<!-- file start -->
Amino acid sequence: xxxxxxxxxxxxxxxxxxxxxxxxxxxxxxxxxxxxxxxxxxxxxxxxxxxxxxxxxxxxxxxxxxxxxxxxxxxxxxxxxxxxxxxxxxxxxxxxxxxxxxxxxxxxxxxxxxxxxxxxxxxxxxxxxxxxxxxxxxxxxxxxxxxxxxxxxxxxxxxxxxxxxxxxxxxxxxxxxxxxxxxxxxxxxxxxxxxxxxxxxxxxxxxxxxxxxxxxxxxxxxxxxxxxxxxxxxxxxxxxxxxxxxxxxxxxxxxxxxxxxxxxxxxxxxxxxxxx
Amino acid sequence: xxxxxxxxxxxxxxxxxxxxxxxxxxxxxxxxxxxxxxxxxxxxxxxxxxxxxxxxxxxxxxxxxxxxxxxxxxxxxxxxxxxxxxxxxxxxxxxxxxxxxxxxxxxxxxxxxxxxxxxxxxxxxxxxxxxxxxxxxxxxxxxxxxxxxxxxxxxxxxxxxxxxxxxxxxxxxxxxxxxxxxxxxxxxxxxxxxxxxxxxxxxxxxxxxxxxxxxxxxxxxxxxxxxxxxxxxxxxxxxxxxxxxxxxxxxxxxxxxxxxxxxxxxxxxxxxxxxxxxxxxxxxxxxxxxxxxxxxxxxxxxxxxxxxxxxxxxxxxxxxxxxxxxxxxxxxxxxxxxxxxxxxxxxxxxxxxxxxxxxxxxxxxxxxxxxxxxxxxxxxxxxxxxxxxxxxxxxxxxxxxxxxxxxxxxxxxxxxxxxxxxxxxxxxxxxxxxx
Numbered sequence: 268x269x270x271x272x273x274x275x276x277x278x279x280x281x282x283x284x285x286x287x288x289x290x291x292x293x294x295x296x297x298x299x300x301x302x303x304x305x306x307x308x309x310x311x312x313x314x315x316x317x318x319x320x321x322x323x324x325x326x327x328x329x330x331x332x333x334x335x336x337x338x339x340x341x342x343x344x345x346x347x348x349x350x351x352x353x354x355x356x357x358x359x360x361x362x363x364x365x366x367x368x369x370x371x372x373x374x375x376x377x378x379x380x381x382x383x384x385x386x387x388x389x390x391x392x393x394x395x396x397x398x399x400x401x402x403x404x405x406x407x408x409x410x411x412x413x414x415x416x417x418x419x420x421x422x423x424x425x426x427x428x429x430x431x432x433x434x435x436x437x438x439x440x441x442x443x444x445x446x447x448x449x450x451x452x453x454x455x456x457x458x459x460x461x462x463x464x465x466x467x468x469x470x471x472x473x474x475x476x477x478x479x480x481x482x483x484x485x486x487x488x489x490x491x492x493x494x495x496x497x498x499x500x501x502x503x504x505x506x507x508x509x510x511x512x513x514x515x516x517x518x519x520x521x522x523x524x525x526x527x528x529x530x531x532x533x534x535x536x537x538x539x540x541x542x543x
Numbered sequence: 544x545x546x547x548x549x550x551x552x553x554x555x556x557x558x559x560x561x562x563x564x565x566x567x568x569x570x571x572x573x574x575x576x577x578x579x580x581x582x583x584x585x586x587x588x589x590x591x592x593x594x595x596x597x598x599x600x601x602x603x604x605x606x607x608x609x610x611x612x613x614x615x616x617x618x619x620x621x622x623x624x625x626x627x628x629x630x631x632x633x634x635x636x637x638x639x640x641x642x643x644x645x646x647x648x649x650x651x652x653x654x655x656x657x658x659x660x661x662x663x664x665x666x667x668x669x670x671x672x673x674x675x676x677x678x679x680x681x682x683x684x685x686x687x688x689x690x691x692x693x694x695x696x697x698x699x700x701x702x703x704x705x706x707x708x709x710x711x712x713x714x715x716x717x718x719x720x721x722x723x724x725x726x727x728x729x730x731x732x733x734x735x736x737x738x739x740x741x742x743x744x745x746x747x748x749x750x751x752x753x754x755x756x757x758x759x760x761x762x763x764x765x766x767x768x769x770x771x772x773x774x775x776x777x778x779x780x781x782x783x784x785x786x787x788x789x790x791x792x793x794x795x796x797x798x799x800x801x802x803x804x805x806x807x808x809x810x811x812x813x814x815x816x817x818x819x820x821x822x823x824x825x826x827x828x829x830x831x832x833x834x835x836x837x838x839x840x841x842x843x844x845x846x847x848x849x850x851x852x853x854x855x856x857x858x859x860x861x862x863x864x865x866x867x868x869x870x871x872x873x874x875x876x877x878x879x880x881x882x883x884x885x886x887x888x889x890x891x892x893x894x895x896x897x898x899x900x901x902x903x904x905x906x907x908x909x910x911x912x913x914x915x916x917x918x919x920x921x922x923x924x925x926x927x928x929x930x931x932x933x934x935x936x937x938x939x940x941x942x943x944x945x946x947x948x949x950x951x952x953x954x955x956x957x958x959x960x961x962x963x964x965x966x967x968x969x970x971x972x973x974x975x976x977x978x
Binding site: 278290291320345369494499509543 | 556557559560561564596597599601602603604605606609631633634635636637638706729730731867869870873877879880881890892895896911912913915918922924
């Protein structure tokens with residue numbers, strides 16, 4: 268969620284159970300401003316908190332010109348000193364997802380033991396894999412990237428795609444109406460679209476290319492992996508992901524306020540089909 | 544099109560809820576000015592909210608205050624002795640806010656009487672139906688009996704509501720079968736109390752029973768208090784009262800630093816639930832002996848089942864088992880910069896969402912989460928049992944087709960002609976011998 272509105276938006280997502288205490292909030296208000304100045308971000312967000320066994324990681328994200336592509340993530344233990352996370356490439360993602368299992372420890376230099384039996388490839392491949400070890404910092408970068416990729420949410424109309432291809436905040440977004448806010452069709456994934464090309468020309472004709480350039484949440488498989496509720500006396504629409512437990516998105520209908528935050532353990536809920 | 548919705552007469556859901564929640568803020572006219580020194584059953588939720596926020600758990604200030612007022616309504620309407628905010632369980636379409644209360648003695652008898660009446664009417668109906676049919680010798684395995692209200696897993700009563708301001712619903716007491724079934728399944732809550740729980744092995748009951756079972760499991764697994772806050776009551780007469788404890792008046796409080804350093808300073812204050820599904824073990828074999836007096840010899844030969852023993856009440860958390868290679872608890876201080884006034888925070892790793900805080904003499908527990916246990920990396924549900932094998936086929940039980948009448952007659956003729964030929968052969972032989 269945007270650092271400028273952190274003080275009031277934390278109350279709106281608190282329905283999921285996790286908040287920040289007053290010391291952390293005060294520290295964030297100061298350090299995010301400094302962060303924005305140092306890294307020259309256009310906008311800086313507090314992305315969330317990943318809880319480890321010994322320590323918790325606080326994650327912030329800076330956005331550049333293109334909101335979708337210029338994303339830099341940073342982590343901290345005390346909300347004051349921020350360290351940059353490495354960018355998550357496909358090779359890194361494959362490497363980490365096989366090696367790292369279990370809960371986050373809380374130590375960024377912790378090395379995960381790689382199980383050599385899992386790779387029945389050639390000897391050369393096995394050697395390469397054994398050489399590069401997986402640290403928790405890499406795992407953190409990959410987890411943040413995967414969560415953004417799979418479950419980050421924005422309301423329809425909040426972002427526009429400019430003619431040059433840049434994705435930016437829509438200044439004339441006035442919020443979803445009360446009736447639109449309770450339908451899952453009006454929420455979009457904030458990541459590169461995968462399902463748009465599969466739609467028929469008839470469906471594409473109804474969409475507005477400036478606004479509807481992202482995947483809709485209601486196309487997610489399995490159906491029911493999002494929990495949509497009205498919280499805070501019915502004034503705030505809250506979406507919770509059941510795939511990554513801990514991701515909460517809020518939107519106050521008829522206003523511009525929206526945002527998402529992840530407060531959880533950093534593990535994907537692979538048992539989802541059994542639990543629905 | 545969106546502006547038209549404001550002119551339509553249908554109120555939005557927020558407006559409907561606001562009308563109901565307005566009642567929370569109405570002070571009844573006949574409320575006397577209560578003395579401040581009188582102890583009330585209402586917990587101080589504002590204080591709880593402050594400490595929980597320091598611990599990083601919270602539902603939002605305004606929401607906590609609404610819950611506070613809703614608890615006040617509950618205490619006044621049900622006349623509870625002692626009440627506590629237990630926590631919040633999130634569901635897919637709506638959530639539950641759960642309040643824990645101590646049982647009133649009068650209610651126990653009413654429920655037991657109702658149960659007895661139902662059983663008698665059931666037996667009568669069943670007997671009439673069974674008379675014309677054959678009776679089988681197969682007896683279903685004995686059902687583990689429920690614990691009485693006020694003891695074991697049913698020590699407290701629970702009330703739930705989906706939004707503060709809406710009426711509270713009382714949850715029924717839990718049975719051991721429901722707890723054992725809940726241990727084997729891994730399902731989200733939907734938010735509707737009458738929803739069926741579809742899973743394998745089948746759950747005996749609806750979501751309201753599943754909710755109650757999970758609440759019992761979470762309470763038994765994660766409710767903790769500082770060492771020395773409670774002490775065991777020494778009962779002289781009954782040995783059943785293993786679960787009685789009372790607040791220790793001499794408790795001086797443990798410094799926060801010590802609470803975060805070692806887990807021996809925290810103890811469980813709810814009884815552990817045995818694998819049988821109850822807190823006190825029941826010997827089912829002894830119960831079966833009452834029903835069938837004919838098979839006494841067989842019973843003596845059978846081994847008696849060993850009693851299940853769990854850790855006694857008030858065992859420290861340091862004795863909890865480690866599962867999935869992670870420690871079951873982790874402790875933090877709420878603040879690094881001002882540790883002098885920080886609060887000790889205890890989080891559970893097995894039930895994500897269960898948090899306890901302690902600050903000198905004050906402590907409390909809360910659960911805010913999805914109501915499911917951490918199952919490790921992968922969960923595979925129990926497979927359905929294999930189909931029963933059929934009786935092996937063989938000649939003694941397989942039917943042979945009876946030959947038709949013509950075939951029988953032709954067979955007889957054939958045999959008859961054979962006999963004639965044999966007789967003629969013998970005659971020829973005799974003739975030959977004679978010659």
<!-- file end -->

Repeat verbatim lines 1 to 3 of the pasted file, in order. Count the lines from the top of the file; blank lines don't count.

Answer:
Amino acid sequence: xxxxxxxxxxxxxxxxxxxxxxxxxxxxxxxxxxxxxxxxxxxxxxxxxxxxxxxxxxxxxxxxxxxxxxxxxxxxxxxxxxxxxxxxxxxxxxxxxxxxxxxxxxxxxxxxxxxxxxxxxxxxxxxxxxxxxxxxxxxxxxxxxxxxxxxxxxxxxxxxxxxxxxxxxxxxxxxxxxxxxxxxxxxxxxxxxxxxxxxxxxxxxxxxxxxxxxxxxxxxxxxxxxxxxxxxxxxxxxxxxxxxxxxxxxxxxxxxxxxxxxxxxxxxxxxxxxxx
Amino acid sequence: xxxxxxxxxxxxxxxxxxxxxxxxxxxxxxxxxxxxxxxxxxxxxxxxxxxxxxxxxxxxxxxxxxxxxxxxxxxxxxxxxxxxxxxxxxxxxxxxxxxxxxxxxxxxxxxxxxxxxxxxxxxxxxxxxxxxxxxxxxxxxxxxxxxxxxxxxxxxxxxxxxxxxxxxxxxxxxxxxxxxxxxxxxxxxxxxxxxxxxxxxxxxxxxxxxxxxxxxxxxxxxxxxxxxxxxxxxxxxxxxxxxxxxxxxxxxxxxxxxxxxxxxxxxxxxxxxxxxxxxxxxxxxxxxxxxxxxxxxxxxxxxxxxxxxxxxxxxxxxxxxxxxxxxxxxxxxxxxxxxxxxxxxxxxxxxxxxxxxxxxxxxxxxxxxxxxxxxxxxxxxxxxxxxxxxxxxxxxxxxxxxxxxxxxxxxxxxxxxxxxxxxxxxxxxxxxxxx
Numbered sequence: 268x269x270x271x272x273x274x275x276x277x278x279x280x281x282x283x284x285x286x287x288x289x290x291x292x293x294x295x296x297x298x299x300x301x302x303x304x305x306x307x308x309x310x311x312x313x314x315x316x317x318x319x320x321x322x323x324x325x326x327x328x329x330x331x332x333x334x335x336x337x338x339x340x341x342x343x344x345x346x347x348x349x350x351x352x353x354x355x356x357x358x359x360x361x362x363x364x365x366x367x368x369x370x371x372x373x374x375x376x377x378x379x380x381x382x383x384x385x386x387x388x389x390x391x392x393x394x395x396x397x398x399x400x401x402x403x404x405x406x407x408x409x410x411x412x413x414x415x416x417x418x419x420x421x422x423x424x425x426x427x428x429x430x431x432x433x434x435x436x437x438x439x440x441x442x443x444x445x446x447x448x449x450x451x452x453x454x455x456x457x458x459x460x461x462x463x464x465x466x467x468x469x470x471x472x473x474x475x476x477x478x479x480x481x482x483x484x485x486x487x488x489x490x491x492x493x494x495x496x497x498x499x500x501x502x503x504x505x506x507x508x509x510x511x512x513x514x515x516x517x518x519x520x521x522x523x524x525x526x527x528x529x530x531x532x533x534x535x536x537x538x539x540x541x542x543x